Monday, June 1, 2015


Fritz von Unruh (1885-1970), a Prussian officer and son of a general, was with his regiment in the village of Merles, France in 1916, when he began to write the anti-war play titled Ein Geschlecht or A Generation also translated as One Race or A Family. This one-act tragedy was completed later that year, while he was on a furlough to attend the burial of his brother, who died in battle.  A Generation was Unruh’s third play.

The drama is created in the German Expressionism style, which was at that time, embarking on its golden age (1916-25).  Many of the ideas supported by the Expressionists are evident in the play.  Prior to the declaration of World War One, many young educated people of Germany and other areas of  Europe wanted change from old oppressive traditions as well as the societal conventions that bound them.  The Expressionists understood and supported the inclination for mankind to make a fresh start.  They believed that soldering on the battlefields of war would bring about the desired purification for society. Once many of the Expressionistic idealists became involved in an actual war, they were quickly disillusioned by the destructive, meaningless realities of warfare.  These authors realized that war was not a purifying process, since it could not result in the desired regeneration of man.  Many Expressionists altered their position to embrace pacifism as the means to establish a new order for society.

A Generation illustrates the moral and physical struggles that one family endures during this horrific period of war.  It dramatizes the parental expectation for sons to fulfill in order to honor the Fatherland: sons were to submit to a standard of heroism that may ultimately end in death during battle.  Each one of the four sons in A Generation exhibits a different outcome: Deceased Son followed the expected choice of battlefield heroism, resulting in his death prior to the opening of the play, while the other three sons move away from this course of action.  Cowardly Son’s fears lead him toward a spiritual death; Eldest Son’s excessive warrior zeal unleashes primitive impulses and acts; while Youngest Son acquires a burning new vision for mankind built on a foundation of revering life and creating a lasting spirit for peace. As verbal battles among the family members rage on stage, the action is orchestrated in part by the Mother. The familial disagreements engulf the Daughter and drive her mad; her emotions ranging from lust to fear to self-destruction.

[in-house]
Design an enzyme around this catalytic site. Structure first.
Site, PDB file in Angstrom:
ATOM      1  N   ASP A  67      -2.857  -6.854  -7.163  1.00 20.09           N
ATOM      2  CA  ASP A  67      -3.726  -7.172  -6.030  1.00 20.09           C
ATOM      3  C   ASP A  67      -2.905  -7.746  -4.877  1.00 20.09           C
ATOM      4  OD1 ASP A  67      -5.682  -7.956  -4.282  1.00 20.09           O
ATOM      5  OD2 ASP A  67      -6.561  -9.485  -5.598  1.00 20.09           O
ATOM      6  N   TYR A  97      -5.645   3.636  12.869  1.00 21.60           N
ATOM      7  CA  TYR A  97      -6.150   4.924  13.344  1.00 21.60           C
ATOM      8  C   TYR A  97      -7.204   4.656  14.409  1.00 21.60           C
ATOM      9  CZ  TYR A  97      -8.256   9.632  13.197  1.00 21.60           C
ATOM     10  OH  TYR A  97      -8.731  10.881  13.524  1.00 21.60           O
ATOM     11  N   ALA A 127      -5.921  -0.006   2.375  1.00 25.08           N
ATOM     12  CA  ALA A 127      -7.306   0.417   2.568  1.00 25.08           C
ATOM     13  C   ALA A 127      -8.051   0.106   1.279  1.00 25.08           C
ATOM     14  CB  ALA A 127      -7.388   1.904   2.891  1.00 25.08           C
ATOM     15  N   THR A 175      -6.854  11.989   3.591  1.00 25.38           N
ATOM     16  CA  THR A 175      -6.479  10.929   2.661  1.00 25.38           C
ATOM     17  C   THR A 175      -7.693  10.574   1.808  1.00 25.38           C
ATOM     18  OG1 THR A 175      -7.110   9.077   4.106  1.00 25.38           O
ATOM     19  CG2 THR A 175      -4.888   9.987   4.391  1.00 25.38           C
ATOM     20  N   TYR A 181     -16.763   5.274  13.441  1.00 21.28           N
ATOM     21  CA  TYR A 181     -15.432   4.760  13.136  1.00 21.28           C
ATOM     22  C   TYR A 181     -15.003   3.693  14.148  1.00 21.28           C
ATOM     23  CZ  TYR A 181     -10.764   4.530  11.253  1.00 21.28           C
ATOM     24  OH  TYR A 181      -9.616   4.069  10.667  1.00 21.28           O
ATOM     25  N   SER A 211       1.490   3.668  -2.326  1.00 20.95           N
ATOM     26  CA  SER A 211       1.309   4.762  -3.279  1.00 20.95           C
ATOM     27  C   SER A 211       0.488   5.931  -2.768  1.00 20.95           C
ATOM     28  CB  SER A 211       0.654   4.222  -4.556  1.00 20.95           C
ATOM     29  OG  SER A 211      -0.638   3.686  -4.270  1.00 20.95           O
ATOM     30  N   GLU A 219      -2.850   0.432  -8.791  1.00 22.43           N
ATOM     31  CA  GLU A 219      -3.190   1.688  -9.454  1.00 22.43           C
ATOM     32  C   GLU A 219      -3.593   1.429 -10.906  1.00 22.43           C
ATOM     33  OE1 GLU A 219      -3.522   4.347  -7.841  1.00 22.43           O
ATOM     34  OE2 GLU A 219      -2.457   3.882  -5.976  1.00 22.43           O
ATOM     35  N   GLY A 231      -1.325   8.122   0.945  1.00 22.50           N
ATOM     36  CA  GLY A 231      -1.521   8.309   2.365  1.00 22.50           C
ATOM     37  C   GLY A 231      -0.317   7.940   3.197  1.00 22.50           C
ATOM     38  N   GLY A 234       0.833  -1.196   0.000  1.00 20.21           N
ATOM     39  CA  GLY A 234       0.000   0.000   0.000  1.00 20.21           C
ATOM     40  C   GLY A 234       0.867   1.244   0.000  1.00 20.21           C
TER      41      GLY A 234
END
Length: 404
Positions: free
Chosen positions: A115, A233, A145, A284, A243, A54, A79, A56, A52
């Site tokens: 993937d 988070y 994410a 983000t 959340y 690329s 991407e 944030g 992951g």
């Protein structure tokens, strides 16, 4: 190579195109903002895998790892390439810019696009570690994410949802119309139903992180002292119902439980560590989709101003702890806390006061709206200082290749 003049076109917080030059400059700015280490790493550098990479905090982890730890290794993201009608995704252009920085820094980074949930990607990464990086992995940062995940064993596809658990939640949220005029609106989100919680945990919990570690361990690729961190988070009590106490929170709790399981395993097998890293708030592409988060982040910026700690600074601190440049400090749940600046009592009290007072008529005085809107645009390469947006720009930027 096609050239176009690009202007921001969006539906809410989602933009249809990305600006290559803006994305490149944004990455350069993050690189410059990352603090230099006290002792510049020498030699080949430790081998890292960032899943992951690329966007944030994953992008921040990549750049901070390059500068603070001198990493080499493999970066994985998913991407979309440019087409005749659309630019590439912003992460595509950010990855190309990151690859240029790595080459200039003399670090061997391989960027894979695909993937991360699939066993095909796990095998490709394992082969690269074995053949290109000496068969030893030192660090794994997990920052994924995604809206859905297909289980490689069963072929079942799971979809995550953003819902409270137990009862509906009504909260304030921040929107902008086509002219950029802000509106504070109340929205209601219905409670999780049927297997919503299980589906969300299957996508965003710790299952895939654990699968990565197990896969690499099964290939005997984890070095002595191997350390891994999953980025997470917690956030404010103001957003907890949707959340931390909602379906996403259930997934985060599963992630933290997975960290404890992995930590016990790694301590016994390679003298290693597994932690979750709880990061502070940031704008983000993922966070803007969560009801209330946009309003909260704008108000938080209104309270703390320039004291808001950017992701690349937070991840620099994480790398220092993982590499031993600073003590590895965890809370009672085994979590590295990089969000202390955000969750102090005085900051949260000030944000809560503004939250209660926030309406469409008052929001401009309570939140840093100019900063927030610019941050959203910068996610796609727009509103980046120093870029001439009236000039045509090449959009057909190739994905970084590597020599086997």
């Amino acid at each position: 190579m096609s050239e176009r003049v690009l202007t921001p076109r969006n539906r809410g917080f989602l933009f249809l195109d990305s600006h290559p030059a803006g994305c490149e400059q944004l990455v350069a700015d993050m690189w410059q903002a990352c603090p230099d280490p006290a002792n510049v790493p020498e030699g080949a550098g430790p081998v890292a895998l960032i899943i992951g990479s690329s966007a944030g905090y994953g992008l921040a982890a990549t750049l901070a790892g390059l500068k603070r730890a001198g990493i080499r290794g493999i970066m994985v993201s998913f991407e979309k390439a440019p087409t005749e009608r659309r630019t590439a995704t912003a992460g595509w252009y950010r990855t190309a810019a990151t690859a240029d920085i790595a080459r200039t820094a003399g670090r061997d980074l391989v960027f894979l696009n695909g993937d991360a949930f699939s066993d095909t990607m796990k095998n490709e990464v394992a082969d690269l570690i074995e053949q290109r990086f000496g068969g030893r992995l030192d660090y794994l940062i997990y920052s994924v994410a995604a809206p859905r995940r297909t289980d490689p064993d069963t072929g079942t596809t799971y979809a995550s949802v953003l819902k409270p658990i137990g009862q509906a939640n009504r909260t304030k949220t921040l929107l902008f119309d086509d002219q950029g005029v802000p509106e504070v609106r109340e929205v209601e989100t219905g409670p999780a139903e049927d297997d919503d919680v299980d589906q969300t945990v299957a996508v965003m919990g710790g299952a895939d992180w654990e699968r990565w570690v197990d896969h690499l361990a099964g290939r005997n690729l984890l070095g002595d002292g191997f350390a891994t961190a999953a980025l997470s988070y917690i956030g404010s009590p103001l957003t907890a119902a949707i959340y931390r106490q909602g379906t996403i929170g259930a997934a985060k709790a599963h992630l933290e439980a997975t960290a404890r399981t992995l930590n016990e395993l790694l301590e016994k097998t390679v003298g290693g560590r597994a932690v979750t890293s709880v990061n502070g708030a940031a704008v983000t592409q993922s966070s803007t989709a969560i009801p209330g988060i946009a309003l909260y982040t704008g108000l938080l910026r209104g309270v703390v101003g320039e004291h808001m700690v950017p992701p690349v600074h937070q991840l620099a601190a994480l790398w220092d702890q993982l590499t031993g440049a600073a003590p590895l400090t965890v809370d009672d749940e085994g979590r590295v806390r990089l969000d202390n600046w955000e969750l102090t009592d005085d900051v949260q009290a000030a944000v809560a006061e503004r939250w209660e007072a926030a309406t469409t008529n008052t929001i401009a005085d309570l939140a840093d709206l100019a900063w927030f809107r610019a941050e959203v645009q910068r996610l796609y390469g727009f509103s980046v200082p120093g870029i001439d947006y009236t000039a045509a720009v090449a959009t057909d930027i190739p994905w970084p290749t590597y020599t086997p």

The play is set in a mountain-top cemetery.  The action begins during the late hours of night and moves into the break of dawn. As in his previous work, the play expresses the horror of violent and useless deaths, the unleashing of wonton destruction and the pointless acts of brute force that were the living reality for Unruh’s generation. But with A Generation, the central theme for much of Unruh’s later writings also emerges: man’s spiritual rebirth based on his love and respect of human dignity and his striving to ensure international peace and harmony.

Max Reinhardt acquired the rights to produce this play.  He planned to stage it despite the ban imposed by imperial censor regulations.  The play received a private performance in Frankfurt, but its renown was spread by German students and young soldiers.  Alvin Kronacher mentions in his monograph titled Friz von Unruh (1946): “A Generation circulated among students after they made handwritten copies of it in the trenches of the Argonnes, Champagne and at Verdun, . . .” 

After the war ended, the play was performed in major German cities: Frankfurt in 1918, Berlin in 1918 and Dusseldorf in 1920, to cite a few of its documented performance sites. Thirteen editions of the script were published in Germany between 1916 and 1922.  Unruh was awarded two prizes for A Generation: the Das Junge Deutschland Prize in 1920, and the Grillparzer Prize in January, 1923. The former award was given by the Expressionist Association in Berlin. The latter award, in the name of Franz Grillparzer, a nineteenth century Austrian dramatist, was presented by the Austrian Academy of Science located in Vienna. This prize was awarded every three years to “the comparatively best dramatic work in the German language, which has been performed in the course of the past three years on a renowned stage. . . .”  Obviously, A Generation was regarded by many individuals as having cultural and political significance during World War One as well as throughout much of the 1920s.

Unruh was recognized as one of Germany’s gifted young dramatic poets during the era of World War One and he was a prominent writer and speaker during the years of the Weimar Republic. Unruh’s works from the late 1920s into the early 1930s clearly reflect his strong opposition to the emerging National Socialist German Workers’ Party.

Unruh and his wife, actress Friederike Schaffer, fled in 1940 to the United States.  When his home in Atlantic City was destroyed in 1962 by a hurricane, he returned to live in Germany, in near obscurity, until his death in 1970.  

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